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Council / SIC’s borrowing debt stands at nearly £50m

SHETLAND Islands Council (SIC) is currently sitting on nearly £50 million of debt in the shape of borrowing, according to new figures.

It comes as part of a wider look at debt across all UK local authorities by the BBC’s Shared Data Unit. At £2,136 in debts per person the SIC is 60th in a table listing 387 local authorities.

Locally the £49 million debt covers borrowing used to help pay for a range of capital SIC projects, from the new Anderson High School to the Toft pier.

The council has used the Public Loan Works Board on a number of occasions to help finance construction projects.

This is a lending facility for public bodies which is overseen by HM Treasury.

Interest rates on the various stands of the SIC’s current borrowing range from 1.94 per cent to 4.14 per cent.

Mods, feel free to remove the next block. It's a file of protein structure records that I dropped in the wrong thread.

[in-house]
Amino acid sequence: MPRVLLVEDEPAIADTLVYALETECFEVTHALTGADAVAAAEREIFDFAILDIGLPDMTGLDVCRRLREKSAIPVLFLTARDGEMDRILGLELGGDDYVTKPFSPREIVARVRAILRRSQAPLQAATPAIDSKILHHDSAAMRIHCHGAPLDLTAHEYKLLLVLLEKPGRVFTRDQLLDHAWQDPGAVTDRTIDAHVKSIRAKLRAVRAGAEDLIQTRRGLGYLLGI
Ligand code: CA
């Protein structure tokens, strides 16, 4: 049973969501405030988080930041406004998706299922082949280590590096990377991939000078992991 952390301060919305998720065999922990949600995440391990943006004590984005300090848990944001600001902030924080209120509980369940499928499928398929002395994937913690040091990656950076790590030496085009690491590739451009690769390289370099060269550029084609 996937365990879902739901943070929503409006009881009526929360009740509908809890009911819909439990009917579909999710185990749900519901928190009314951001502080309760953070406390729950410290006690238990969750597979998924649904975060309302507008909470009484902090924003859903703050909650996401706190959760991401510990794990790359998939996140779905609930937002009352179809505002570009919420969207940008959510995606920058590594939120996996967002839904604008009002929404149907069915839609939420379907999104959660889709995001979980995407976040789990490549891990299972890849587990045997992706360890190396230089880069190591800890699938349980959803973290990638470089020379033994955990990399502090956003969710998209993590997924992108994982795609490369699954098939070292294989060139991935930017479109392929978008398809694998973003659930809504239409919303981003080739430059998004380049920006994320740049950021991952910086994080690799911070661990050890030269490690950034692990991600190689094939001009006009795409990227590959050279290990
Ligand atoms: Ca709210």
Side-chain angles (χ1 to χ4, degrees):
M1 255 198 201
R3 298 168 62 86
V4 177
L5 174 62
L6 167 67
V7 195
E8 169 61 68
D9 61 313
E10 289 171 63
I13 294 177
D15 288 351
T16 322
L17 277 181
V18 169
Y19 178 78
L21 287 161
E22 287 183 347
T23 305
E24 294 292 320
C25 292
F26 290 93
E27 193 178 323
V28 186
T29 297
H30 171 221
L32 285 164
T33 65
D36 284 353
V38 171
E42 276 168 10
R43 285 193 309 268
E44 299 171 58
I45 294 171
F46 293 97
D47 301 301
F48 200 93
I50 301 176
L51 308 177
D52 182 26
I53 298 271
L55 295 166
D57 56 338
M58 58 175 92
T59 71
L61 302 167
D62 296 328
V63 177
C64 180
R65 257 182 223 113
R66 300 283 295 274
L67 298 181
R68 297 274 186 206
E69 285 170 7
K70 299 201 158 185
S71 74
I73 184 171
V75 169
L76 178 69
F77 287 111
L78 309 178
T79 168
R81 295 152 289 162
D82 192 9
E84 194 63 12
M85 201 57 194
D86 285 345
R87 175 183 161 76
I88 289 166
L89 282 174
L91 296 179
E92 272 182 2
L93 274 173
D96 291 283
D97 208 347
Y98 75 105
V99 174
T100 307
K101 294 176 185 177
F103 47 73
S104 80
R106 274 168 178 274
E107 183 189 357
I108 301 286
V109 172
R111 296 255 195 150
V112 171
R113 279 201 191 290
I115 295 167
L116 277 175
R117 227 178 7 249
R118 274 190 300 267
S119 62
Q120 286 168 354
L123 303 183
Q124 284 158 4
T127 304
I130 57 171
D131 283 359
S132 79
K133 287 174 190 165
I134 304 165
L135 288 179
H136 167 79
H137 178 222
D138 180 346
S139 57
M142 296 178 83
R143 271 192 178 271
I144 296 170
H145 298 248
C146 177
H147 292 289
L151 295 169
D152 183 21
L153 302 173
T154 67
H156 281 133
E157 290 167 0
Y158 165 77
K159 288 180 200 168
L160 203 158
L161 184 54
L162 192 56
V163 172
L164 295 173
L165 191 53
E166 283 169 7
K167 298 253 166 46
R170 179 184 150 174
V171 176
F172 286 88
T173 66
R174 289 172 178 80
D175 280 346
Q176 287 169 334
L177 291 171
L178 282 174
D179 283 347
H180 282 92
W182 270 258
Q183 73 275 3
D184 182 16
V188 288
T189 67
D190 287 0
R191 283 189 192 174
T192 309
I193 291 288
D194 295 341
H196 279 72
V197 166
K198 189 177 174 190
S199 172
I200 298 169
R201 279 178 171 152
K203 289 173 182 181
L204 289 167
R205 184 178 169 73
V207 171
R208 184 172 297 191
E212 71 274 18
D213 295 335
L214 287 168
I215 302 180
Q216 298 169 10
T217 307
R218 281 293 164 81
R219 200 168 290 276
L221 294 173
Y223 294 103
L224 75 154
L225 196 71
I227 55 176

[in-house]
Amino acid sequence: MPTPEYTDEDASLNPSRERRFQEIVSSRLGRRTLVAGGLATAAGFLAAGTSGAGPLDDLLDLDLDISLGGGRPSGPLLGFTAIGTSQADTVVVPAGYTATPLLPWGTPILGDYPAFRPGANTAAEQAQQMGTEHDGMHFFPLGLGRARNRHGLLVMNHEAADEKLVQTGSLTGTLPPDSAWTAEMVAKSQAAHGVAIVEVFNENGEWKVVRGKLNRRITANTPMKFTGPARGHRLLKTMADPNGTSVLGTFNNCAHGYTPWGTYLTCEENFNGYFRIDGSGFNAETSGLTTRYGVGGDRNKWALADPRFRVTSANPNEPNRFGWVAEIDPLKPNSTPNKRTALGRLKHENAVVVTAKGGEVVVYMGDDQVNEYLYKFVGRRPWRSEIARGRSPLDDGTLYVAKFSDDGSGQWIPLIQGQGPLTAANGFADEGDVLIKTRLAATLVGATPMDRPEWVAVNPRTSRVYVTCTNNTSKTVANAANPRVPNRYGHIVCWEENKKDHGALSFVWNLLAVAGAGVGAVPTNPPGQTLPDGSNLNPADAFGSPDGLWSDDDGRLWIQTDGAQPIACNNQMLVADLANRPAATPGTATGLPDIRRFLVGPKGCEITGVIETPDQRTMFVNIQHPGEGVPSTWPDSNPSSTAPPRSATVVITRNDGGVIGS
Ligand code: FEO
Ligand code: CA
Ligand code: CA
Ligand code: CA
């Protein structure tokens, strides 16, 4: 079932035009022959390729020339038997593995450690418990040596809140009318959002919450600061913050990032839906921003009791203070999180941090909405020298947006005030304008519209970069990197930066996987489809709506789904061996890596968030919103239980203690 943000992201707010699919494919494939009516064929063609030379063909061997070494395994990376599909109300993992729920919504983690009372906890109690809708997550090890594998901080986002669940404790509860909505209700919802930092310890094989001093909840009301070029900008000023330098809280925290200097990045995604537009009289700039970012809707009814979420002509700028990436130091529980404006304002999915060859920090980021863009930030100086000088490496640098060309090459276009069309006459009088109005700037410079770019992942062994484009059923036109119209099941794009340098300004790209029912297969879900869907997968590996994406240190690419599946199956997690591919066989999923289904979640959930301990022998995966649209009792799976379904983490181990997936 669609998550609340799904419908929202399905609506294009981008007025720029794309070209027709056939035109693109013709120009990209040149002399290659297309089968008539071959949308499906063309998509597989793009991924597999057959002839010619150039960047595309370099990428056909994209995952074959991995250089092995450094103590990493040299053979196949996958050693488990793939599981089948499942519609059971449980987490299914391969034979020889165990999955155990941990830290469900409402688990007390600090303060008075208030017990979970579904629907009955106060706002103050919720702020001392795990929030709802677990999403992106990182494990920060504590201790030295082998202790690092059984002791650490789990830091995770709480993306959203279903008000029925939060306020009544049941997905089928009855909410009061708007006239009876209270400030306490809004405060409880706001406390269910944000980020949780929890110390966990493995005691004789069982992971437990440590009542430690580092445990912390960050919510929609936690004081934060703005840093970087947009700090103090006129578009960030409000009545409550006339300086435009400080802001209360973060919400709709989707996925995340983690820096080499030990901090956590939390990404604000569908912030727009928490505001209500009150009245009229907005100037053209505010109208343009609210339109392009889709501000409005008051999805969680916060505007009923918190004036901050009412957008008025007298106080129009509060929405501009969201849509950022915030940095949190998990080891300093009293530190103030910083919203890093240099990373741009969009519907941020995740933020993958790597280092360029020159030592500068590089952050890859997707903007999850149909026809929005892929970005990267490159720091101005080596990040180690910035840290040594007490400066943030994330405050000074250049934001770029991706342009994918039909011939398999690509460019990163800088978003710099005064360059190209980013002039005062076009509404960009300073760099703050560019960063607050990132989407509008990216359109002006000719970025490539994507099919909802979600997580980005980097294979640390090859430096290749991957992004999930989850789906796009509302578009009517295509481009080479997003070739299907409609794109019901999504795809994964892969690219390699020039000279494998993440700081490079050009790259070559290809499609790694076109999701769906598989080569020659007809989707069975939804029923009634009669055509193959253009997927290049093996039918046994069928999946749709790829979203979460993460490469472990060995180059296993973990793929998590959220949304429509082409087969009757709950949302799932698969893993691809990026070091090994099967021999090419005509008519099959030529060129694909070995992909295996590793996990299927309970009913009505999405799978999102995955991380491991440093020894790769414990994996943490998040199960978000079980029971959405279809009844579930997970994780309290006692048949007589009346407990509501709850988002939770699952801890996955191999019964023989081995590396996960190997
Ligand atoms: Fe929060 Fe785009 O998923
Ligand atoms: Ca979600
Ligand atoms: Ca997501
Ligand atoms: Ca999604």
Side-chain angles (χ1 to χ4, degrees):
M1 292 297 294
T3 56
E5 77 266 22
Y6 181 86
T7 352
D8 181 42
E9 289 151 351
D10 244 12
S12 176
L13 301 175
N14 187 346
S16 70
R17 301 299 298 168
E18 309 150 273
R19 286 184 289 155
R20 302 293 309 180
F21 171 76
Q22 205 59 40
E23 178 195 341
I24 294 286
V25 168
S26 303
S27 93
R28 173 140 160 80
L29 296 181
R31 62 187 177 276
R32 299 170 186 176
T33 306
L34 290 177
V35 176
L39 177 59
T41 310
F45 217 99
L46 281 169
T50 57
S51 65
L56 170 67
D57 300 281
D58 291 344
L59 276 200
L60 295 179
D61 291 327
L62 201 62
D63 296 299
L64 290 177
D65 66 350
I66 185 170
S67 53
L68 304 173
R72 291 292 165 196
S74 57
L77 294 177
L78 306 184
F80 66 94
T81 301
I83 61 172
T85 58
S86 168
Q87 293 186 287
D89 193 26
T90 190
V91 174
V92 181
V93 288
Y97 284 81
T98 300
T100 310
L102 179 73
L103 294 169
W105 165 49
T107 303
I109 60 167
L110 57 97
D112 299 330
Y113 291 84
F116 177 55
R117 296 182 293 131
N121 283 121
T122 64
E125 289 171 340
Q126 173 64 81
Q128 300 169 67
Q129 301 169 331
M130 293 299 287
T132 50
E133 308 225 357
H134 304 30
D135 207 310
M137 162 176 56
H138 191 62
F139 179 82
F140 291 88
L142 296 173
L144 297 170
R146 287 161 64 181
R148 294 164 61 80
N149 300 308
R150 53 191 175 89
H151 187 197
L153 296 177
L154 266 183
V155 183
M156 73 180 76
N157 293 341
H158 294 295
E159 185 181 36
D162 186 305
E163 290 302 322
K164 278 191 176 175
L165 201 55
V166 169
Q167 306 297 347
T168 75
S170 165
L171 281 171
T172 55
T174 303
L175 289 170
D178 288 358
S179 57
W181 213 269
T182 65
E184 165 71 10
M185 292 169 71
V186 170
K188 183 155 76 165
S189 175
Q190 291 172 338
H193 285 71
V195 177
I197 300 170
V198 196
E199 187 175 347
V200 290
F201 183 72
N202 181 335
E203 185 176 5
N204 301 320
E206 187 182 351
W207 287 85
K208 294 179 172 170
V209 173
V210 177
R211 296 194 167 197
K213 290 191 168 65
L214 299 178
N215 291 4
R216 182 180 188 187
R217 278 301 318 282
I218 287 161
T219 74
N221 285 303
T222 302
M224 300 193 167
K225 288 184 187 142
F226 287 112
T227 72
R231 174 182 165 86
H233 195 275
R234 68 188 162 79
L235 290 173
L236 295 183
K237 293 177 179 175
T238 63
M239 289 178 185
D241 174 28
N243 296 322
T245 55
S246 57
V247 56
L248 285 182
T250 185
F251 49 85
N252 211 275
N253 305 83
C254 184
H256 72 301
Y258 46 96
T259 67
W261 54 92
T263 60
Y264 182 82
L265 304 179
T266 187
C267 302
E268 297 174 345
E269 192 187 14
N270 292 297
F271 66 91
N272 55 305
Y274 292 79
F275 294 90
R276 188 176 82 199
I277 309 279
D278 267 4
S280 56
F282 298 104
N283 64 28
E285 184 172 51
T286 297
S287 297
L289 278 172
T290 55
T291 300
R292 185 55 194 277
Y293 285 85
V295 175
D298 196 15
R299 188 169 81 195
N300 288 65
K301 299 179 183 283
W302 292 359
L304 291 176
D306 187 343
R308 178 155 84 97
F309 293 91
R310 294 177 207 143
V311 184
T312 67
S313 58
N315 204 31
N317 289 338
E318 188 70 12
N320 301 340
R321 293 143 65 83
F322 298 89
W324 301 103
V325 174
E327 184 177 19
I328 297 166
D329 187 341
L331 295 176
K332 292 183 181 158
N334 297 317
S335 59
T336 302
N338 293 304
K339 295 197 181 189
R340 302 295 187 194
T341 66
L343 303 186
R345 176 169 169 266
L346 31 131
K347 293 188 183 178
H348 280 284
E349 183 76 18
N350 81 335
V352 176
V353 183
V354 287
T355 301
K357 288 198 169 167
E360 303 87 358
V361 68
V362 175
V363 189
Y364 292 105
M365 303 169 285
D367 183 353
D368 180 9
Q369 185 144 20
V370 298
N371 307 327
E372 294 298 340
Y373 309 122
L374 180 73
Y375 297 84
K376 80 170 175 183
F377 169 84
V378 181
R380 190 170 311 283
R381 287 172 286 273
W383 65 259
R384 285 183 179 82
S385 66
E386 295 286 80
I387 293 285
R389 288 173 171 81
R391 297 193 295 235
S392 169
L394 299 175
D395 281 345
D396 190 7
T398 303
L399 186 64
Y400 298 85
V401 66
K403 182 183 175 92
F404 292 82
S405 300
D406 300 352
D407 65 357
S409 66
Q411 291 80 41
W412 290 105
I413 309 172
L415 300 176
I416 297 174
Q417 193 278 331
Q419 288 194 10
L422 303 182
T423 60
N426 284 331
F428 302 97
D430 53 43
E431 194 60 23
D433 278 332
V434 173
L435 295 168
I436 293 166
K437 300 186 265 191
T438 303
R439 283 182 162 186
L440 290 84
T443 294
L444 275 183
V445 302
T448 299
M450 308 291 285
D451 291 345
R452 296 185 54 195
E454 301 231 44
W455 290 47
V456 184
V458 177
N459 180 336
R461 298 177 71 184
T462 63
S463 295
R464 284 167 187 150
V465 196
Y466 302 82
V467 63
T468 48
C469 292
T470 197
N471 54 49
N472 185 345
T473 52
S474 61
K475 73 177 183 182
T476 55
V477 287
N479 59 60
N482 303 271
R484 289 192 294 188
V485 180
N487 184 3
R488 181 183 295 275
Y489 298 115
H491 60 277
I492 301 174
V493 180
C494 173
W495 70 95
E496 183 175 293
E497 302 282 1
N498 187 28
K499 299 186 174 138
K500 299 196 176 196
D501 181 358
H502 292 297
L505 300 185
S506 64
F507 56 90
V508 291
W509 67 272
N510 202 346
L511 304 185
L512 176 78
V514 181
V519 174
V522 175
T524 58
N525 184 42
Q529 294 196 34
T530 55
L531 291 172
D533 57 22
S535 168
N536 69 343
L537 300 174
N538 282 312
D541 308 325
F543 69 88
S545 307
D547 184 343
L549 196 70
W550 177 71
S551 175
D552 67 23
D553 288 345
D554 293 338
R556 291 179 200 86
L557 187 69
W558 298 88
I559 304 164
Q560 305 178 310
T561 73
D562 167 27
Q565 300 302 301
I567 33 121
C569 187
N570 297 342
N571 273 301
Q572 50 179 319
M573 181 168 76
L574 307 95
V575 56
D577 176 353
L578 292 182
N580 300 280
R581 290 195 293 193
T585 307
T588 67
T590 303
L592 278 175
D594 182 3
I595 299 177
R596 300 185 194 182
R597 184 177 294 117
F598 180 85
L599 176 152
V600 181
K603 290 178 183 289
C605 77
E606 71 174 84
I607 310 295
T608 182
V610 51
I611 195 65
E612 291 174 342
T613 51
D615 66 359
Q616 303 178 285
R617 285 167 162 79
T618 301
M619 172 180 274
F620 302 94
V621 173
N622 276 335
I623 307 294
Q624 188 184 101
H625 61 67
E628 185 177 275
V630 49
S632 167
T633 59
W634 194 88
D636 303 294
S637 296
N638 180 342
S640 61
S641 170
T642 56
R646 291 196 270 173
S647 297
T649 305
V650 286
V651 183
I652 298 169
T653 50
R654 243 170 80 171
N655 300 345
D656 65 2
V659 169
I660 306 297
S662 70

SIC chief executive Maggie Sandison. Photo: Shetland News

Separately the council has reserves worth more than £300 million, which is put into investments to generate income.

The SIC draws money from the pot of reserves every year to cover the shortfall between the cost of services and the core funding from the government.

SIC chief executive Maggie Sandison said: “It was financially prudent for the council to borrow when the cost of borrowing was low and returns on investment were high.

“Borrowing for capital projects has enabled the council to keep investing its reserves to generate an income that is greater than the cost of financing the loans.”

The projects include the significant new Anderson High School and halls of residence project of the 2010s.

The new Eric Gray Resource Centre, Scalloway Fish Market and Toft Pier also used borrowing.

A Sullom Voe tug boat, a recycling sorting shed/equipment, the Clickimin roundabout and its nearby path are also listed.

The current loans have “maturity dates”, when they need to be paid off by, ranging from 2025 to 2064.

Councillors have previously been told that future high-cost projects like the proposed Cullivoe road project, which was recently estimated at £9.9 million, may need to tap into borrowing.

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